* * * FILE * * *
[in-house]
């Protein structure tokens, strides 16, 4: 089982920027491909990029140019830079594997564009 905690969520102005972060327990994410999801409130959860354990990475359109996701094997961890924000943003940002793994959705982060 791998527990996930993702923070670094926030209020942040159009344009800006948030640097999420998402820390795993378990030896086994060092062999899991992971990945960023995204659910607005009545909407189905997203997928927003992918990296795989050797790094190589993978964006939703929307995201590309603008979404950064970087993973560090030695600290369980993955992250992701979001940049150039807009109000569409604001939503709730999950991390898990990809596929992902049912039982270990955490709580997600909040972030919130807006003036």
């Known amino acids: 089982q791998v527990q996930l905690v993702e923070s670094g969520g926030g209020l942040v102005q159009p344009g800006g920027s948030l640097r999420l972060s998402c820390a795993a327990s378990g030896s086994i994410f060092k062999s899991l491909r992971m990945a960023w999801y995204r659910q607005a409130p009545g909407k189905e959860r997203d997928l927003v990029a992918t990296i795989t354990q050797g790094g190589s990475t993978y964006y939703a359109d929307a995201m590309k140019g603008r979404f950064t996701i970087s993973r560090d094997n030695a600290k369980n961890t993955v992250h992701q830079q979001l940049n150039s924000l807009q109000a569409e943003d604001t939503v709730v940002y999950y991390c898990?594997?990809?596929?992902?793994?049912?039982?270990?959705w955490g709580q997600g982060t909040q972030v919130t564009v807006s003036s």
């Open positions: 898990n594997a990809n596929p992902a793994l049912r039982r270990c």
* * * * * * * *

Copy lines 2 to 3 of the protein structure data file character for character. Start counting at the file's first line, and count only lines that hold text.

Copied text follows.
């Protein structure tokens, strides 16, 4: 089982920027491909990029140019830079594997564009 905690969520102005972060327990994410999801409130959860354990990475359109996701094997961890924000943003940002793994959705982060 791998527990996930993702923070670094926030209020942040159009344009800006948030640097999420998402820390795993378990030896086994060092062999899991992971990945960023995204659910607005009545909407189905997203997928927003992918990296795989050797790094190589993978964006939703929307995201590309603008979404950064970087993973560090030695600290369980993955992250992701979001940049150039807009109000569409604001939503709730999950991390898990990809596929992902049912039982270990955490709580997600909040972030919130807006003036």
């Known amino acids: 089982q791998v527990q996930l905690v993702e923070s670094g969520g926030g209020l942040v102005q159009p344009g800006g920027s948030l640097r999420l972060s998402c820390a795993a327990s378990g030896s086994i994410f060092k062999s899991l491909r992971m990945a960023w999801y995204r659910q607005a409130p009545g909407k189905e959860r997203d997928l927003v990029a992918t990296i795989t354990q050797g790094g190589s990475t993978y964006y939703a359109d929307a995201m590309k140019g603008r979404f950064t996701i970087s993973r560090d094997n030695a600290k369980n961890t993955v992250h992701q830079q979001l940049n150039s924000l807009q109000a569409e943003d604001t939503v709730v940002y999950y991390c898990?594997?990809?596929?992902?793994?049912?039982?270990?959705w955490g709580q997600g982060t909040q972030v919130t564009v807006s003036s």